World’s Highest Bridge Nears Completion
Engineers in China have completed the basic structure of the world’s highest bridge. The Beipanjiang Bridge, known as the ‘Bridge in the Clouds’, soars an incredible 565 metres above a ravine and connects two provinces in Bijie, located in a mountainous region of southern China. When complete, it will overtake the Sidu River Bridge in the central province of Hubei to become the world’s highest bridge.
Scaling New Heights
The breathtaking scenery of the Guizhou province was probably viewed with disbelief by the teams of engineers who understood the challenges the landscape presented, as they prepared for the mammoth task of erecting a cable-stayed bridge spanning a distance of 1340 metres end to end, over a ravine 565 metres above river level.
The Chinese engineering community has broken several records in recent years, laying claim to eight out of the 10 highest bridges in the world, but the Beipanjiang Bridge represents the jewel in the crown.
Despite the many challenges of working at such sheer heights, in September the final section of the bridge was put in place. China’s main media channel, CCTV, shows a time-lapse video of the construction, particularly the linking of the two ends. It is truly an impressive operation, demonstrating precision and planning of the highest order - an ambitious engineering project manager’s dream.
The complete of the bridge, which only took three years of construction, will create the main thoroughfare on the G56 expressway between the Guizhou and Yunnan provinces and reduce commuting time from five to two hours. The priority the Chinese government has placed on this project, and others like it, with an allocated budget of £500 billion over the next three years, will mean that the 1000 engineers and technicians engaged in this project, and others like them, will be gainfully employed for the long term in the region.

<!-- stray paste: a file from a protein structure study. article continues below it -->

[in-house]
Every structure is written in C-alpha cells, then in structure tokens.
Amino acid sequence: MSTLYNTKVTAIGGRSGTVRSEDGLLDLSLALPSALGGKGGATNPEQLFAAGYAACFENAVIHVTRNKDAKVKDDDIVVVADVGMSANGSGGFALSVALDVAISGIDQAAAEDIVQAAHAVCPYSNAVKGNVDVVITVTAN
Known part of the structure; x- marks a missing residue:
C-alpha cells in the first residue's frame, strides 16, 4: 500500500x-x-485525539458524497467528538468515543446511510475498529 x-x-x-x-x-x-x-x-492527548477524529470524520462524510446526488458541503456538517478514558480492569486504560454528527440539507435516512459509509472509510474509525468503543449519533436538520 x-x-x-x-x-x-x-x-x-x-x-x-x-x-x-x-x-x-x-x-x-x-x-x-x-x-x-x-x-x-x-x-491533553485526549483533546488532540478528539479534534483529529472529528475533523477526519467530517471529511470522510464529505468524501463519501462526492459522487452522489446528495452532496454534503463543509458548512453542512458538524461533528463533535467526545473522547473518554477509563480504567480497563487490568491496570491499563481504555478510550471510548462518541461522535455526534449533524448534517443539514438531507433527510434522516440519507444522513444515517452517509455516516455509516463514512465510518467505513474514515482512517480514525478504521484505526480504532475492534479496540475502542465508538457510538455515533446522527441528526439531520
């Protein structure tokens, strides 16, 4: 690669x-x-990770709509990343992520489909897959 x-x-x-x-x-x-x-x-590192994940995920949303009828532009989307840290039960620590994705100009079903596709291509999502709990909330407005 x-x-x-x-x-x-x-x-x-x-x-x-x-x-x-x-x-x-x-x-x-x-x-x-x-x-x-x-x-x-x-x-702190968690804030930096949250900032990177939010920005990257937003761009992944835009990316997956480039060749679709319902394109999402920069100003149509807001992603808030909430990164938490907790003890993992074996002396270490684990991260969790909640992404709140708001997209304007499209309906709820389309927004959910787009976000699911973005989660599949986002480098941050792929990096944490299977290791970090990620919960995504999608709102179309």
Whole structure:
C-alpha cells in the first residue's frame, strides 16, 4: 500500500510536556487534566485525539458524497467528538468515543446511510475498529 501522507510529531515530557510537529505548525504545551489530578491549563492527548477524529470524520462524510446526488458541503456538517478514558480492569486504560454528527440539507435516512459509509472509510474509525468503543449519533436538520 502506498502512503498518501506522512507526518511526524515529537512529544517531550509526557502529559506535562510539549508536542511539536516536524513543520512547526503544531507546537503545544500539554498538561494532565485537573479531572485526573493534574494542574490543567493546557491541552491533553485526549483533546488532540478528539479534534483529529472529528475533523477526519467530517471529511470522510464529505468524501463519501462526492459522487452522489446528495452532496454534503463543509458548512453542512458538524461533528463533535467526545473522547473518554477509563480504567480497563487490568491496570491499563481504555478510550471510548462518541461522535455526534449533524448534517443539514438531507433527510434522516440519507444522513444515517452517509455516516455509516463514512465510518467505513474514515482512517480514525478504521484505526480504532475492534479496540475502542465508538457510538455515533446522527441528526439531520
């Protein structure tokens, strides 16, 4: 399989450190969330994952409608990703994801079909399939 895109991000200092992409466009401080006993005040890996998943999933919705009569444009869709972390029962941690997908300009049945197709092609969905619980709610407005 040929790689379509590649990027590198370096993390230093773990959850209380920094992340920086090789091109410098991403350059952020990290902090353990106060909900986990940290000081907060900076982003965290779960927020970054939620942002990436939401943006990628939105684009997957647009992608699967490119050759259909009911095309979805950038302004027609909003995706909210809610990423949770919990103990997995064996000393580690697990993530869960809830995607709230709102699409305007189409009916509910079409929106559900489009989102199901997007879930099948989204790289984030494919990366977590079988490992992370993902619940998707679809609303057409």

The technical challenges of constructing such a structure, at such a height, considering the terrain, the weather conditions including frequent rainfall and high humidity, plus other extremes such as dust storms and freezing conditions, makes the relatively short construction time all the more impressive.
Source: China Stringer Network/Reuters
The remote location of the bridge also presented logistical difficulties. The cranes required to erect the pylons that would support the cable-stayed structure, had to be brought to site from 2000 kilometres away, along narrow, winding rural roads - roads which simply weren’t meant for industrial traffic.
Building the ‘Bridge in the Clouds’ has taken planning, project management, engineering and construction, literally, to new heights. Hard hats off to our Chinese counterparts for such an accomplishment.
The unveiling of the bridge is a highly anticipated event, and one to be celebrated by the engineering community in China, as well as the engineering fraternity worldwide.